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I just got my first real road bike - a 2k7 Giant TCR A1 - and I'm still getting used to it. I've been riding a Trek 7.6 FX with no problems. My lbs gave me a good deal on the TCR that I couldn't pass up, and I've really been wanting a "real" road bike. So, anyway, I bought the bike.

First ride, I wanted to try climbing, so I went down a really steep hill (about a mile at -7%) and then rode back up it. Really enjoyed pulling up the hill, but going down was terrifying and painful. The road is pretty gnarly weathered asphalt, so it's pretty bumpy, and it's steep enough I don't just want to bomb down it. So, I'm pretty much riding the brakes from the hoods, and learning quickly that these brakes aren't any where near as strong as those on my hybrid. I've read about the difference, but I wasn't prepared for just how different they are. I figured out that there's a lot more leverage from the drops, but tucking when scared wasn't too fun either. Long story short: I made it fine, but my hands cramped up like you wouldn't believe. Lesson - learn to be comfortable tucked with hands on the drops.

I also think that I'm not totally comfortable with the hoods as far forward as they are, so I rotated the handlebars up a little. I probably look like a big dork, but I'm more comfortable, and I'm more confident for now. I'll probably drop them back down when I'm more confident. I really don't think it's a fit issue, but rather just a matter of confidence being stretched into a proper road position. This way I'm up just a bit, and it makes a huge difference in comfort and confidence.

Finally, I had a blowout today. I figured you all might get a kick out of it, so I'll tell you what happened. I am not accomplished at spinning properly yet, and I also haven't figured out exactly when to shift in every case. At any rate, sometimes (rarely) I'll find myself riding a gear or so smaller than I should, and my spin turns into this awful lunge-step thing that literally starts the bike bouncing a bit. I don't remain in this state for more than a few pedal strokes before I calm down, shift, and _try_ to spin properly. Well, today, I start my bouncing shenanigans, and my tire popped of the bead and bam - blown tube. I was a little shocked to learn that a combination of tire pressure (too little I believe), some small bumps, and really poor form can cause a flat.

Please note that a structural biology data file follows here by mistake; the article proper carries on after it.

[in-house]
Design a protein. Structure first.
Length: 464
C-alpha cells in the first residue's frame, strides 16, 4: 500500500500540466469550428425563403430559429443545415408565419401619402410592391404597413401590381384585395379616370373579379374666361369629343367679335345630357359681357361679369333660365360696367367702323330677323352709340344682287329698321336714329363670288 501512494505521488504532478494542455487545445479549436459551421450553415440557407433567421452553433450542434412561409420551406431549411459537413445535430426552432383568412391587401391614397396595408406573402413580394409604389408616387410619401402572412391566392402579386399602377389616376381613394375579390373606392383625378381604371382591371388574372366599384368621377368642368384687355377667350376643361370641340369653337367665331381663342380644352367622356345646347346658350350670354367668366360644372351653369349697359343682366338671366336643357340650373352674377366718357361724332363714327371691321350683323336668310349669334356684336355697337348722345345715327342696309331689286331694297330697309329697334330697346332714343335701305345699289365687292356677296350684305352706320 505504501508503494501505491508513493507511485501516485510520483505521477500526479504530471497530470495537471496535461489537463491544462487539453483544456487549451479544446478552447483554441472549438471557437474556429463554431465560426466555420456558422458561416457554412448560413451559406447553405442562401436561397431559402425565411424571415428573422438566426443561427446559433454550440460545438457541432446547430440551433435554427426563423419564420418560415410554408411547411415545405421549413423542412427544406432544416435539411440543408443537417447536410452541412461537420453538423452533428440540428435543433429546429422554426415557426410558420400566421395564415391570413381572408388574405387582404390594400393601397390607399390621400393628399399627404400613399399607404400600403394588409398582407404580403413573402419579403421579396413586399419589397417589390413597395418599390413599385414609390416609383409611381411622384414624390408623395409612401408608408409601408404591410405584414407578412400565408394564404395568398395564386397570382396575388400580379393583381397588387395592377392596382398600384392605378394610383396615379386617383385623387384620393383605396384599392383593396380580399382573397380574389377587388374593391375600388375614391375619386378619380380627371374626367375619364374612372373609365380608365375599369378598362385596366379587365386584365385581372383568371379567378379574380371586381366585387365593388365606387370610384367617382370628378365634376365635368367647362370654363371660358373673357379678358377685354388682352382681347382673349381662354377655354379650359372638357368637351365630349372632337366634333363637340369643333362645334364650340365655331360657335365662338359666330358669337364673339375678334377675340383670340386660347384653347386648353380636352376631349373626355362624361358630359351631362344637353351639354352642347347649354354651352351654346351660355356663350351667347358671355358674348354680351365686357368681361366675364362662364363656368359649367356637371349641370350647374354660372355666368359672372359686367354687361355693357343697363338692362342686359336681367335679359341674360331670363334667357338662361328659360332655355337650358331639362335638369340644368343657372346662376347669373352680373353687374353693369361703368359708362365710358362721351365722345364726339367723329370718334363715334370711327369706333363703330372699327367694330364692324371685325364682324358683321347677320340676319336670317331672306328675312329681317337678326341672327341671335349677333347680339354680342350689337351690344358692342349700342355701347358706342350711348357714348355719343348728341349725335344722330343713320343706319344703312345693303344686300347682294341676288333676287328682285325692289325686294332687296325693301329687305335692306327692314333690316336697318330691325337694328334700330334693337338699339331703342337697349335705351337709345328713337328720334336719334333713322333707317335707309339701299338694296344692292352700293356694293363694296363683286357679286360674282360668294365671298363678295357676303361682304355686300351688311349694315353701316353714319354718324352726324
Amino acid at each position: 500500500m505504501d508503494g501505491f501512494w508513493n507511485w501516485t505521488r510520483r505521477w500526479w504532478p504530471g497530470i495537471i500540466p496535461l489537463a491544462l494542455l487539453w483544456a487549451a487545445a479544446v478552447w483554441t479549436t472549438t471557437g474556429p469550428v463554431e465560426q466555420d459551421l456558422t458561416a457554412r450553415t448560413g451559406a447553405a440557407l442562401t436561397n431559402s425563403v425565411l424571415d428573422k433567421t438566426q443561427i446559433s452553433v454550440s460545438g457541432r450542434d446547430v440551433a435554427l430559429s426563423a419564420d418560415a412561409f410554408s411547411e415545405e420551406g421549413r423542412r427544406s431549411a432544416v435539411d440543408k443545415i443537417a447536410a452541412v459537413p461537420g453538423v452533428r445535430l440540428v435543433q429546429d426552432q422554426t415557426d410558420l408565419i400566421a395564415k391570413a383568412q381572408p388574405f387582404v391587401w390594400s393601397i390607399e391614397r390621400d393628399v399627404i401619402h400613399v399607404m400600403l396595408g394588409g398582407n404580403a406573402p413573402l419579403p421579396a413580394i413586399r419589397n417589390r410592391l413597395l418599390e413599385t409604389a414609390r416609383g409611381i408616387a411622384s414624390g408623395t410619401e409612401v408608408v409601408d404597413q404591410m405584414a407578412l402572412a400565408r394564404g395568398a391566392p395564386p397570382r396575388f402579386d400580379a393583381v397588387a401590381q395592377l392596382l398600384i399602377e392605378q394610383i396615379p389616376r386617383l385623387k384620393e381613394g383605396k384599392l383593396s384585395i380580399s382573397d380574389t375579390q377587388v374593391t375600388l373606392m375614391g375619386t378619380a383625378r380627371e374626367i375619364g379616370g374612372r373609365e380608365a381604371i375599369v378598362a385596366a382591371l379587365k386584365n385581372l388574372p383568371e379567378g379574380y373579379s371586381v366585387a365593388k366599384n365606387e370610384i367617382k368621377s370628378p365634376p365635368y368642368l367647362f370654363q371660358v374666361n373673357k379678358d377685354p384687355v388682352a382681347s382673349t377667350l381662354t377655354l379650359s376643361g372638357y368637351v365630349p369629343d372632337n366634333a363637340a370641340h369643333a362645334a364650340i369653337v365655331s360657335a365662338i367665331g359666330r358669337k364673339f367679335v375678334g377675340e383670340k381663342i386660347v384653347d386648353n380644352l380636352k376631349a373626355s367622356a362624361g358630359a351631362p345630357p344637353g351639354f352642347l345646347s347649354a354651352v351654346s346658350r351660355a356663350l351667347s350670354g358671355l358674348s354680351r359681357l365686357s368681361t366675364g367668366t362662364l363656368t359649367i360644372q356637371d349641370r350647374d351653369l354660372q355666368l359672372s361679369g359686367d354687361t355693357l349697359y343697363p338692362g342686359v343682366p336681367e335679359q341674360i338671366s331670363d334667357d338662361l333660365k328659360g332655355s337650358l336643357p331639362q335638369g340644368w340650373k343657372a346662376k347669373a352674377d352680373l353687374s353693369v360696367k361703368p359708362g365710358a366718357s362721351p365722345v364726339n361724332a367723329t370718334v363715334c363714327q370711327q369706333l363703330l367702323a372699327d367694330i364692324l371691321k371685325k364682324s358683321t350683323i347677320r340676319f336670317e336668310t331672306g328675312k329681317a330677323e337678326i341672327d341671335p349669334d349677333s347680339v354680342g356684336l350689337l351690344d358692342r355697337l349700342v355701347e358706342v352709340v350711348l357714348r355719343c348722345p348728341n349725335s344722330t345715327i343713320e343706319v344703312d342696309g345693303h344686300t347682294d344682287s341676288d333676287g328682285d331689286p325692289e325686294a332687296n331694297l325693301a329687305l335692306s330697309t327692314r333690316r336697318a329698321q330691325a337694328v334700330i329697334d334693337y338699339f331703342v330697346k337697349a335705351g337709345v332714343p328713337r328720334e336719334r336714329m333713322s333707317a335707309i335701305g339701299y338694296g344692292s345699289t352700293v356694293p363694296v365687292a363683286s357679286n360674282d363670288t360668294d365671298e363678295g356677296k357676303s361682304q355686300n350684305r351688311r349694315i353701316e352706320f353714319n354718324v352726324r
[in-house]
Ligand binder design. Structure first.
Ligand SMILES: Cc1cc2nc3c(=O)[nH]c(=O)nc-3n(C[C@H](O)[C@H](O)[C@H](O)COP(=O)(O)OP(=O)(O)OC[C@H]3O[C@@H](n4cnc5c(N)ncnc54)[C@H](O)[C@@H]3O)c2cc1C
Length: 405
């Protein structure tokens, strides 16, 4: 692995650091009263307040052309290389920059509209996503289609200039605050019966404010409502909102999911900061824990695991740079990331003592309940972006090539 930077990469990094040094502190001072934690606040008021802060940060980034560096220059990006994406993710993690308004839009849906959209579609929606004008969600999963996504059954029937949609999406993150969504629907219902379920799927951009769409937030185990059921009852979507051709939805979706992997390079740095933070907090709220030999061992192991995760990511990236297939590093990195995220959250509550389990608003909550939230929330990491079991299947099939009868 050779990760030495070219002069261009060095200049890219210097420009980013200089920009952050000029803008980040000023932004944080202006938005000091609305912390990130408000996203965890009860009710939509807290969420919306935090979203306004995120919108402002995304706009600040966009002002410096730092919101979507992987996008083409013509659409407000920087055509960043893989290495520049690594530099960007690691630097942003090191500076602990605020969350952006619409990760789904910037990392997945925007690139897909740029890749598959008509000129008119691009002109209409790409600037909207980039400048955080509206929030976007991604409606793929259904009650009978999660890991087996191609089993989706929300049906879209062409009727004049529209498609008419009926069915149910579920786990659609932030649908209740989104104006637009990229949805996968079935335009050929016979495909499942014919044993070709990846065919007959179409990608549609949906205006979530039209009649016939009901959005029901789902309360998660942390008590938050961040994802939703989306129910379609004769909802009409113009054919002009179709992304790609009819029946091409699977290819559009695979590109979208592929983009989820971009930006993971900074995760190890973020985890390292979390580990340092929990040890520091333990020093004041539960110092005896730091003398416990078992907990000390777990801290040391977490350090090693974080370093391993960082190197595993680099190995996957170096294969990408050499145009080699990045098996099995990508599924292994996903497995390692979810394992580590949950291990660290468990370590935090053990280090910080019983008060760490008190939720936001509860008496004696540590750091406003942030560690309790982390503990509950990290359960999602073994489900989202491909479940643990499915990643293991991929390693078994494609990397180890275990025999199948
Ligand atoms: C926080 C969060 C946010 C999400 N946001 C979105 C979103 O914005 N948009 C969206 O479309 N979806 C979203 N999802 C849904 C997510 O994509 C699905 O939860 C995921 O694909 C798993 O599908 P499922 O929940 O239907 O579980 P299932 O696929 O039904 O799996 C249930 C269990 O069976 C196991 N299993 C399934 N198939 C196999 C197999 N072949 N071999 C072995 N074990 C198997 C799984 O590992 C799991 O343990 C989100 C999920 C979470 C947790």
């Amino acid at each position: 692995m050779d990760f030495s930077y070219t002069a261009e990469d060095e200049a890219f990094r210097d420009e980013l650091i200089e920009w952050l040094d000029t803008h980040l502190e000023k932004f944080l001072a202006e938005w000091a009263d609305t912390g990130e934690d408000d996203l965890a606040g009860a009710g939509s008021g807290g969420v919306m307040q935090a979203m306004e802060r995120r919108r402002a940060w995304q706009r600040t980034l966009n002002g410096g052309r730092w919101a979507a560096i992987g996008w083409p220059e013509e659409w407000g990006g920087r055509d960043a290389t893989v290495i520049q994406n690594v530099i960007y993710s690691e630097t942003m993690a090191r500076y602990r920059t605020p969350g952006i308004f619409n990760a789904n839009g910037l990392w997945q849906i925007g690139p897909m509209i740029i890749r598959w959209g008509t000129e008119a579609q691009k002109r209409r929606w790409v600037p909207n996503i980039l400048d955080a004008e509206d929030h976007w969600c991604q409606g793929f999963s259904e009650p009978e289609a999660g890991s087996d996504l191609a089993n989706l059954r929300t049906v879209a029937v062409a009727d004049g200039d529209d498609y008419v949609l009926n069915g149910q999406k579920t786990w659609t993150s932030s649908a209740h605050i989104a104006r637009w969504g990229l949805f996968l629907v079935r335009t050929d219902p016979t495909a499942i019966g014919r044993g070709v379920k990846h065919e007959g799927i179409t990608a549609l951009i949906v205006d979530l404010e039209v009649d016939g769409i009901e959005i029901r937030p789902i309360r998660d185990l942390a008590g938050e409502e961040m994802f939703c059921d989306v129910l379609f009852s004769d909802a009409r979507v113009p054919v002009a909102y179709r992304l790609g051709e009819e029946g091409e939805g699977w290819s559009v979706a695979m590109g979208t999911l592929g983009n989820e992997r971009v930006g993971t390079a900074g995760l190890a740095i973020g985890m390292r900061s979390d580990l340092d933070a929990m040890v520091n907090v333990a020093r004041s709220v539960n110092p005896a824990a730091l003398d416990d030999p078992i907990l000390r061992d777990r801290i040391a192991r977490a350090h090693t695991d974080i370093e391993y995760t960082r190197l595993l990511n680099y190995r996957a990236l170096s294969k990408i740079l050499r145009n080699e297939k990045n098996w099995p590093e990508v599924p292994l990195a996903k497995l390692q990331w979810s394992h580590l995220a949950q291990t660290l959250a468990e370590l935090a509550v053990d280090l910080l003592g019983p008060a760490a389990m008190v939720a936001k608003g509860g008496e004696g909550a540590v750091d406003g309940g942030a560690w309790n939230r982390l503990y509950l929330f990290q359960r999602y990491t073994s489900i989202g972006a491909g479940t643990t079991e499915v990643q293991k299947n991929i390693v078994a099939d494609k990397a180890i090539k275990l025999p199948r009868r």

I'll be working on my form. Until then, if you see a fat guy bouncing along on a red Giant with elevated drop bars, give me a wave, and try not to laugh. Or laugh, I don't mind, I'm having too much fun to care anyway.

Oh - one last thing. My bad elbow hurts like crazy after every ride over 10 miles on my hybrid. I did 15 miles on my road bike today, and my elbow didn't even notice. My perineum is another story though - need new seat ASAP.
 

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I ride in circles..
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4,990 Posts
Welcome to the board:)

Comfort if more important than looks for you. Don't worry about the racer types on racing bikes. They've been doing it a long time.. or are just pretending they've been doing it a long time.

Take your time getting comfortable and eventually you'll learn to flow down hills without freaking out. Don't grip the bar too hard or it'll translate into rough jerky steering. The more rigid and tense you are the worse the bike will handle.

As for the spinning.. If all is adjusted well you can practice one legged drills and force yourself to ride easier gears to help it out.

Look into the saddle adjustment.. that might be causing your pain.. also look into decent shorts. Those will help just as much if not more than a new saddle.

Good luck and enjoy!
 

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Adventure Seeker
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5,123 Posts
I just rotated my bars up a few degrees myself and it made a world of difference when it comes to comfort. My bars were angled down about 10 degrees, and I made the top part level. The position of the handlebars is a personal preference to what feels best.
A little advice I've read here about spinning is to move your feet forward/backward when the cranks are level. Try it and you'll see what they mean.
For shifting, you need to do what feels best to you, if you feel your cadence dropping, shift before you get bogged down.
Great to hear you're having a good time, that's why we do it!
 

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Embrace your inner Fred
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+1 on the welcome:cool: Im new here too and getting used to my new road bike as well. Dont worry about the embarrassing stuff that can happen to you as a noob. Trust me. Nothing you wrote there is as embarrassing as what I have been through learning how to use the clip-less pedals. You will be fine with more practice. Its been a short while since Ive been riding my bike and Im already getting used to the tuck position etc that comes with road bikes. Stay safe.
 
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